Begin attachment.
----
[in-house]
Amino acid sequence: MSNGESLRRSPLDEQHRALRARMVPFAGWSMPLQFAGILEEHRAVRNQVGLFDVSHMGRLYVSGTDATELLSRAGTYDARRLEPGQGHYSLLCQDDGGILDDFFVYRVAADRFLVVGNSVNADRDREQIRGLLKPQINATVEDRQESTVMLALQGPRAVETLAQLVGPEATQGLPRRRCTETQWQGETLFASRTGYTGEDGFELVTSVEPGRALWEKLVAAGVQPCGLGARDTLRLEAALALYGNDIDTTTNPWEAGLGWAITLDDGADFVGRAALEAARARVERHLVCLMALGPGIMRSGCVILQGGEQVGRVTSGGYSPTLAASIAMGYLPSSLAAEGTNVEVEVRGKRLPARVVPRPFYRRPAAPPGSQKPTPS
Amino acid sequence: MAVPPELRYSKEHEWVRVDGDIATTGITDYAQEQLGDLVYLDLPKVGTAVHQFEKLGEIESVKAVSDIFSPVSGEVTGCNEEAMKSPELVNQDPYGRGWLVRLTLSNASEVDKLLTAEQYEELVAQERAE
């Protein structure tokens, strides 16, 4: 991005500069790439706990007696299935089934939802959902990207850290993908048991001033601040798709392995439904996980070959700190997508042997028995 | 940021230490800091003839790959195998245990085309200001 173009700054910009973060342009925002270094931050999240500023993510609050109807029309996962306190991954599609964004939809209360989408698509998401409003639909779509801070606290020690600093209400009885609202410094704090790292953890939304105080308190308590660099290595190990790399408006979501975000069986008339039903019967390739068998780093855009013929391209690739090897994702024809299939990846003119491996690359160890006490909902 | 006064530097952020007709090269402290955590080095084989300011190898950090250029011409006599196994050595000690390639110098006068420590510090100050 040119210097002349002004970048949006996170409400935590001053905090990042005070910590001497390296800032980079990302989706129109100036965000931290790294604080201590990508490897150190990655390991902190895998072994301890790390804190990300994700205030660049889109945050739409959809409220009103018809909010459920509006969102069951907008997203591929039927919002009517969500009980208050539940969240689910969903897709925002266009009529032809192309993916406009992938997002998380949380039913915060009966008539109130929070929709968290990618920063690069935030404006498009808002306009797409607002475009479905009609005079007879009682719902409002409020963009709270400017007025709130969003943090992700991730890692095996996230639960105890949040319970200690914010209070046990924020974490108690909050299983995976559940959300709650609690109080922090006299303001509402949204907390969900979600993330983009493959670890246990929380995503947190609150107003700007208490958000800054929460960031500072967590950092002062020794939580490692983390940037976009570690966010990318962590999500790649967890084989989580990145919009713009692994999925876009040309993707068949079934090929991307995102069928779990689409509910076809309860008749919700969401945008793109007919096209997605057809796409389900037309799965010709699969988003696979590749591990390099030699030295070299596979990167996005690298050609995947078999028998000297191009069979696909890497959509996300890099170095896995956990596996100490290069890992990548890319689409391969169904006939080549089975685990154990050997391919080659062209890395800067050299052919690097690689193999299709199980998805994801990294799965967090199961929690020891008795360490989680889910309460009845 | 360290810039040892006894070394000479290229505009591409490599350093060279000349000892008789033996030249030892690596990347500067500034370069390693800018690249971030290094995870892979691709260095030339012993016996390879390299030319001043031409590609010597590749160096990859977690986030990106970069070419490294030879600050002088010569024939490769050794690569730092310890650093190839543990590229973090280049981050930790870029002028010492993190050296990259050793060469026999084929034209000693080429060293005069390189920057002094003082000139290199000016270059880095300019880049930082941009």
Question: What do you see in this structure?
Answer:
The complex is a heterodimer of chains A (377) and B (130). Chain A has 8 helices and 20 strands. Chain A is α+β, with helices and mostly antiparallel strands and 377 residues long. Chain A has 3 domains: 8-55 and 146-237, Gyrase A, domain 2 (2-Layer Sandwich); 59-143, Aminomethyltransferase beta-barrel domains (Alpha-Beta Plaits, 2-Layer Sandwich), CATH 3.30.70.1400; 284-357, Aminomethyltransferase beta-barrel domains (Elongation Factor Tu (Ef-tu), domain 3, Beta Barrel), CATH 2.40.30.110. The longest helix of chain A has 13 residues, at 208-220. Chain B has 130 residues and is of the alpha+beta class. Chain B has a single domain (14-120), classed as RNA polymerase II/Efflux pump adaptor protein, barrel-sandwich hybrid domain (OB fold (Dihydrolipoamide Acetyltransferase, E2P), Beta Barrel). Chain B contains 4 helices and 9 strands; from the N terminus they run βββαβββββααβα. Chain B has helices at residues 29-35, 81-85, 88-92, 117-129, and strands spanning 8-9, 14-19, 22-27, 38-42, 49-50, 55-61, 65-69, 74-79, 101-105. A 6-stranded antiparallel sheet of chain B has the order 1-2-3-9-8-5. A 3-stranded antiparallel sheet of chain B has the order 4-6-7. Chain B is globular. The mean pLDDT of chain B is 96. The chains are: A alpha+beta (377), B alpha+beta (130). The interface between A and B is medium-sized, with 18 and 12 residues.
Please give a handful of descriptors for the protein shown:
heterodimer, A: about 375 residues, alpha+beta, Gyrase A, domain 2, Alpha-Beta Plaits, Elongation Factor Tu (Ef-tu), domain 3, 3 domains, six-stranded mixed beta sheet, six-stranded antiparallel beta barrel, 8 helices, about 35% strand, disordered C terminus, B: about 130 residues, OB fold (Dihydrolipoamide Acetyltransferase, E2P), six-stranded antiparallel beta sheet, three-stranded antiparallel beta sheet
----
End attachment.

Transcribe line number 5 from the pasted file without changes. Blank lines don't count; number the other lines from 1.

Question: What do you see in this structure?